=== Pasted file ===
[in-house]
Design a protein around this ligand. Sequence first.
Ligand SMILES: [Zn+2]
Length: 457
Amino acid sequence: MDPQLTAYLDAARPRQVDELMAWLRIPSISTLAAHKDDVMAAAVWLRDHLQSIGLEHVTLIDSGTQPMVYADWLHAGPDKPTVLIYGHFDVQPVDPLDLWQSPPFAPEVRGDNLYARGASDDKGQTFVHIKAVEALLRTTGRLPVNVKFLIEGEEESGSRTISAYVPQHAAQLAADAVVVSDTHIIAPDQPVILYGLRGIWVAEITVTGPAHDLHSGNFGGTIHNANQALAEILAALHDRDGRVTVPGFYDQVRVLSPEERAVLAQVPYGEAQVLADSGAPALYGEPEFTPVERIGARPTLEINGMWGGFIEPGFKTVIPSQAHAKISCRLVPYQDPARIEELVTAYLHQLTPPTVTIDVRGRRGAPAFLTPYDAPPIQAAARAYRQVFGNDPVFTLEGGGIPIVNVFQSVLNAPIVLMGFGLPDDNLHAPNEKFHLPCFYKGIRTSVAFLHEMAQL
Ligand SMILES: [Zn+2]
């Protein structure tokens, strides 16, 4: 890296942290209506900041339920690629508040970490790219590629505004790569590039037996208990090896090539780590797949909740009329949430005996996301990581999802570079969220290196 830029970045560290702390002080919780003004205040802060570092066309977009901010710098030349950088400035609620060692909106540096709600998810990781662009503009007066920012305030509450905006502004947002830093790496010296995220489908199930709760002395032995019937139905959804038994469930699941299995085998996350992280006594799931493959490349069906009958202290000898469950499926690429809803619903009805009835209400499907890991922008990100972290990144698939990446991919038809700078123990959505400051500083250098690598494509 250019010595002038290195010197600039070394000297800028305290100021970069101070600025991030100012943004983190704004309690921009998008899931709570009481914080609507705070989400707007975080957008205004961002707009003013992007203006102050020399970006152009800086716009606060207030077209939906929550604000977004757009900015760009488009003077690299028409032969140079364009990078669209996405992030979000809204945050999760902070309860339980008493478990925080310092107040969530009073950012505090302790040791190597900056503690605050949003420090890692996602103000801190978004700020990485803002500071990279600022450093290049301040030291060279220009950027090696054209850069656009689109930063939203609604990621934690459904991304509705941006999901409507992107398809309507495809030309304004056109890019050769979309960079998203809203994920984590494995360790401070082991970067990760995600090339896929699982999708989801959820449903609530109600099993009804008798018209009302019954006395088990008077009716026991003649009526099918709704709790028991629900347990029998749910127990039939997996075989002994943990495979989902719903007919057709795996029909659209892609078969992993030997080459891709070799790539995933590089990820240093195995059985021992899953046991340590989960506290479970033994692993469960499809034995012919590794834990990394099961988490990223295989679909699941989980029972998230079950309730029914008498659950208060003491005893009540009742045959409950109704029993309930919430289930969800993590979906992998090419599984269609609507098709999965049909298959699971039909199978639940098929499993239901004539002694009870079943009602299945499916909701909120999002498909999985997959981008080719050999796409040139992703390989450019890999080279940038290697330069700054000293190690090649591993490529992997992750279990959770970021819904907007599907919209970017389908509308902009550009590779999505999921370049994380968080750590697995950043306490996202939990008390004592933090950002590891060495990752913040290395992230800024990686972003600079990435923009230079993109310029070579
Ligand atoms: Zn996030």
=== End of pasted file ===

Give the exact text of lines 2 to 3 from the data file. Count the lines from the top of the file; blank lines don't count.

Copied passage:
Design a protein around this ligand. Sequence first.
Ligand SMILES: [Zn+2]